The chairs and tables were as I remembered,
some fifteen years after that first visit.
A light coloured wood, with smooth, curved backs and
the glass topped tables with a greenish tinge.
Near the window stood the shining column
of the coffee machine, on the counter,
the one that had made the terrible sound.
I must have screamed when the steam jet shot out.
from the pain that only a child could feel.
The fear had begun with the great steam trains:
I didn't want to be an engine driver,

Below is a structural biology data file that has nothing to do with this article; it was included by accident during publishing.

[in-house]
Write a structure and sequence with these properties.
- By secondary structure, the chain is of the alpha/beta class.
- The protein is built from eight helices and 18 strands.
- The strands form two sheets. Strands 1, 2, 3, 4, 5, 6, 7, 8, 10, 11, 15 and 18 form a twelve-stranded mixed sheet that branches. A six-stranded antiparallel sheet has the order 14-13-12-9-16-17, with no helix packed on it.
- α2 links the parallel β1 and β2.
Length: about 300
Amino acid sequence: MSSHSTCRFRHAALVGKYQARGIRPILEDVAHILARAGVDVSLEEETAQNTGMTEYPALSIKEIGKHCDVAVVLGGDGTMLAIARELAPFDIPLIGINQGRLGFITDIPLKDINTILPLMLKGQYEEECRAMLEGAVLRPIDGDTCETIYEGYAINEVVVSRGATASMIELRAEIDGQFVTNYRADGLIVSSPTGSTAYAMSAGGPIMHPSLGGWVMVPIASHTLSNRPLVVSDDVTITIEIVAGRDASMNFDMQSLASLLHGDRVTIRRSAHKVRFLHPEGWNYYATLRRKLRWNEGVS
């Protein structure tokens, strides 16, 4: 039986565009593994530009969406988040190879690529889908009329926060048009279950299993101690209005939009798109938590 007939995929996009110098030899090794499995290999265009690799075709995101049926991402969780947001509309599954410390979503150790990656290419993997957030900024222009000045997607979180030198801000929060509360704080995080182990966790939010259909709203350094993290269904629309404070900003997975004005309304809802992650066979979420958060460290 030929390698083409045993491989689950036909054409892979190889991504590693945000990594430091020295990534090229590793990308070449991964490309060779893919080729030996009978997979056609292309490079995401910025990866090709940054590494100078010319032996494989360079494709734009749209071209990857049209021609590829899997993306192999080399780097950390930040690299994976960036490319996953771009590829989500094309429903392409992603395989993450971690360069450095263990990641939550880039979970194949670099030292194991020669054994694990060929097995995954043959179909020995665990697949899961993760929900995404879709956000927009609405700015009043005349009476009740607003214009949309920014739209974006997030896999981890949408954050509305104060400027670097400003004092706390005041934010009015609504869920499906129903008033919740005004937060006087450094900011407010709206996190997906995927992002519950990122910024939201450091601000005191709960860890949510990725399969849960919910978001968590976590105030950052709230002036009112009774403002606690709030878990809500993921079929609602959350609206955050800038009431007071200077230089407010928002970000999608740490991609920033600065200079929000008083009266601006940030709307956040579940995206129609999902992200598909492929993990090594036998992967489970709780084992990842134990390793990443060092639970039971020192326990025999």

leaning out of the cab, showing white teeth,
polishing levers with an oily rag.
I had screamed in pain on the platform too
and then again in the ice-cream parlour,
but recovered when Granny calmed me down.
The metal cup was strange and very cold.
all covered with tiny drops of water,
each one clearly visible to my eyes.
In the cup was a chocolate hemisphere,
topped off with a segmented wafer.
Clumsily, with a long spoon, I tasted
my first ice cream, and it was very good.
Afterwards, we stood looking at the cups,
displayed in the shop window opposite.
Some were silver and some were gold and some
were inscribed with copperplate writing.
"That big one there is for the Flower Show,"
Granny told me, before we walked back home.